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Saturday, March 29, 2014

Ryan Trecartin on the Future

“Everything we do is going to be captured and archived in an accessible form, whether you want it or not. It’s going to change all our lives. We are a species that can no longer assume privacy. It’s not an individual decision, and I feel that’s exciting to explore--or something. There’s a lot of cultural content being generated right now that sees itself as post-human, but it’s assuming the twentieth century as its audience. It leans on structures that we already understand, but that we’re moving away from. My work is about humanity, and about the time I’m making it.”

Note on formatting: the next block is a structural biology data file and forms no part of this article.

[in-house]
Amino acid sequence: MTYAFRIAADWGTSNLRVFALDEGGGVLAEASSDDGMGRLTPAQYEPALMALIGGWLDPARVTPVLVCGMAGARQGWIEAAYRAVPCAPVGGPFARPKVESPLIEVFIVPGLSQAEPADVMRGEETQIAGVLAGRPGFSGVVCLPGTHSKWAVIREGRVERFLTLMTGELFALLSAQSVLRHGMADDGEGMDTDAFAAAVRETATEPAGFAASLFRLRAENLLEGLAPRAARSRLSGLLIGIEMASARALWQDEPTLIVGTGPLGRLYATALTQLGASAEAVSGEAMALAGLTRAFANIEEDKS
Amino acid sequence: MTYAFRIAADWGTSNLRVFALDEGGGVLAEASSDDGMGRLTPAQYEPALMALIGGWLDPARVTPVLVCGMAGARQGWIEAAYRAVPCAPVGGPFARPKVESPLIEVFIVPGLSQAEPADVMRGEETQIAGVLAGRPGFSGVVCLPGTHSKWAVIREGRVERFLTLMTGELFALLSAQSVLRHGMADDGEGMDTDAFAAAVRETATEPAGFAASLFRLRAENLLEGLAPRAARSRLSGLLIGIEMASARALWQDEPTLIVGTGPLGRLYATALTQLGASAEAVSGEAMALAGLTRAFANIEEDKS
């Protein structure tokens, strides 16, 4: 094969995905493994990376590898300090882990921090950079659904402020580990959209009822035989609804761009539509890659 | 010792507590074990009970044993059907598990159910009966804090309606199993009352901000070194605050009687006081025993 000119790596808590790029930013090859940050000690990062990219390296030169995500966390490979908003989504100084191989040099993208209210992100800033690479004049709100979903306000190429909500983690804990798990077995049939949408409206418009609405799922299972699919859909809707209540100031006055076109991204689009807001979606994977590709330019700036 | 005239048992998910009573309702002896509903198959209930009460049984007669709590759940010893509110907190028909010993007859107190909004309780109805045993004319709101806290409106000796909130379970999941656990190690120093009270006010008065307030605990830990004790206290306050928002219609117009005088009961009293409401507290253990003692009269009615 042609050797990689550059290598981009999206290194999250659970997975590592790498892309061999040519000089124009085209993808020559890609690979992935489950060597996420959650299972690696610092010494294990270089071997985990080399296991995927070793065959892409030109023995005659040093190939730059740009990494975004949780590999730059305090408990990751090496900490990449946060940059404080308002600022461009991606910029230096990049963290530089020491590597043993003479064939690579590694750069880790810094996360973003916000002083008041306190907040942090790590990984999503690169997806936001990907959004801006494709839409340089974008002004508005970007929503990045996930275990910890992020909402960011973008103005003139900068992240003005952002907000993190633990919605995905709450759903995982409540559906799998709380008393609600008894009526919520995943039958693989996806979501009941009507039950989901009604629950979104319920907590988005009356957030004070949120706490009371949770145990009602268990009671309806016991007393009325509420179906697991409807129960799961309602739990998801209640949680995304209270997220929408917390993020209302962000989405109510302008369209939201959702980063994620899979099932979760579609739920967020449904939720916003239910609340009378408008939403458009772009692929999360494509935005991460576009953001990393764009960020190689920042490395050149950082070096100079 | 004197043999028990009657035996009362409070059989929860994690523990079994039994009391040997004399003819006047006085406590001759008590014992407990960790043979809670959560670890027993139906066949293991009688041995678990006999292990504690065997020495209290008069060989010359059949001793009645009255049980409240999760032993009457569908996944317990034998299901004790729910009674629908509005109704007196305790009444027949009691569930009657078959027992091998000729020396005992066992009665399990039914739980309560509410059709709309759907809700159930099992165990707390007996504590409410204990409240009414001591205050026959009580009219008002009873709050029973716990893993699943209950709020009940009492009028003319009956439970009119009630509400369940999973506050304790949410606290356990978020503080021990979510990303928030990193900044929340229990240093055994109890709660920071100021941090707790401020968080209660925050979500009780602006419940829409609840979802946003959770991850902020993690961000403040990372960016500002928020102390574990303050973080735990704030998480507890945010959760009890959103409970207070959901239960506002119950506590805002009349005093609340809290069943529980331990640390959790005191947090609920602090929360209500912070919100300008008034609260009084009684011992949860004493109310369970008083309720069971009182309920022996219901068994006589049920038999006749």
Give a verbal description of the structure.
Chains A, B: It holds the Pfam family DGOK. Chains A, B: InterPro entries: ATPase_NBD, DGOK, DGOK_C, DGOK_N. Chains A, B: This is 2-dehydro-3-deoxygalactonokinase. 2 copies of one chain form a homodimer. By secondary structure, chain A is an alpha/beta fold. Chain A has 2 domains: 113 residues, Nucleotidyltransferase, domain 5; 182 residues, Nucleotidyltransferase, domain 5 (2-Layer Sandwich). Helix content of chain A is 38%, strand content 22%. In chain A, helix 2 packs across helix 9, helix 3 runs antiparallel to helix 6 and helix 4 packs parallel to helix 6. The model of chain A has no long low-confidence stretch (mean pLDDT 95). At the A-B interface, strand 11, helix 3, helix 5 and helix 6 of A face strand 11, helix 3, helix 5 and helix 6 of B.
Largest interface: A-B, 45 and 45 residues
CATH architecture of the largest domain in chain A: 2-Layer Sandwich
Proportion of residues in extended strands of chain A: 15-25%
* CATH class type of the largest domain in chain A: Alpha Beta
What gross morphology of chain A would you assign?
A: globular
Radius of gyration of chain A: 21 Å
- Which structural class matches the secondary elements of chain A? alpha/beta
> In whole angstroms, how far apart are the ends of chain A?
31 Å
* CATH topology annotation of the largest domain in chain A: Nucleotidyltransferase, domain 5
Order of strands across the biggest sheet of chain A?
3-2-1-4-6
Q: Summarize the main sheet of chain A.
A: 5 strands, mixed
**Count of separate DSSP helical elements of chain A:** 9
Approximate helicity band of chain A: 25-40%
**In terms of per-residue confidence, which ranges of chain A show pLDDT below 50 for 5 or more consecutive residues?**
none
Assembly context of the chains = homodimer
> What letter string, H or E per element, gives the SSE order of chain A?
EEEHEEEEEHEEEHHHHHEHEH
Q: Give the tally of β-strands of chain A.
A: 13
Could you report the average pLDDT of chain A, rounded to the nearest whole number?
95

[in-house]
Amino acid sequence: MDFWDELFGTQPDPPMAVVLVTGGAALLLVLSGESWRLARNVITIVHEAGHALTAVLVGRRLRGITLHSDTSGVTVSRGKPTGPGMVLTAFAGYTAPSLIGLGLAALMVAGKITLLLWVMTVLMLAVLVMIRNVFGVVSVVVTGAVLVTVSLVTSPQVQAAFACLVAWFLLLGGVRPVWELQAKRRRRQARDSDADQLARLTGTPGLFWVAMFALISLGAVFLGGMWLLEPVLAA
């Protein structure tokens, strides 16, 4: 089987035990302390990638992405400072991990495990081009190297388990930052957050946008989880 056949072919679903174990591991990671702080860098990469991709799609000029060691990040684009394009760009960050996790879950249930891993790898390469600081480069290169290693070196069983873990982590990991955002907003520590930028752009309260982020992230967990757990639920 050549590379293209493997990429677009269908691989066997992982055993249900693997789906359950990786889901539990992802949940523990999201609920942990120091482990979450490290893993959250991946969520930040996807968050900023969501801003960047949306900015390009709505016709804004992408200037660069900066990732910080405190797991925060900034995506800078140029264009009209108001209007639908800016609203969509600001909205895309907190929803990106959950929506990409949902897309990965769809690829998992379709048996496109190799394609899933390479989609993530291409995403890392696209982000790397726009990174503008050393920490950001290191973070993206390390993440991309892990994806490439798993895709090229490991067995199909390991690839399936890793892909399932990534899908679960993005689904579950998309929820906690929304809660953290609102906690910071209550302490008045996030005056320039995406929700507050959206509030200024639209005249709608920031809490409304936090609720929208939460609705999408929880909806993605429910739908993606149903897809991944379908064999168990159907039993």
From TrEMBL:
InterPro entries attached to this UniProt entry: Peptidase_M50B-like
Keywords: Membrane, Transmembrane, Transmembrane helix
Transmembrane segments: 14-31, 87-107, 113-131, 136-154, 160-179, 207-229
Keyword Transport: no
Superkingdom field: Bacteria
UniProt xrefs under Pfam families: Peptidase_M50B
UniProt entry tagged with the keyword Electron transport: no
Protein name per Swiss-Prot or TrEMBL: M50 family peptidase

~Ryan Trecartin on the future in The New Yorker

Saturday, March 8, 2014

Wes Anderson's Style


On the occasion of the opening of Wes Anderson's latest, "The Grand Budapest Hotel," Richard Brody, matching his subject's elegance, has written a review of the Anderson style: "The Grand Budapest Hotel: Wes Anderson's Artistic Credo."

It's a great read in full, but I particularly enjoyed the following lines:

"The hotel is the embodiment of Gustave’s taste, and Gustave is the embodiment of its delights. It’s a state of affairs that matches Anderson’s own art: the virtual signature that’s present like a watermark throughout his work is also a part of his personal style, his dress and his manner, his very way of life. That’s why I’ve compared him to such high stylists as Howard Hawks and Ernest Hemingway, who similarly exhibited in person the extreme stylistic precision of their work. The artist isn’t just the creator of style but also its bearer, and the artist’s very presence is a work of art in person, creation on the wing by means of a turn of phrase, a gesture, a way of dressing, the aura of charismatic influence."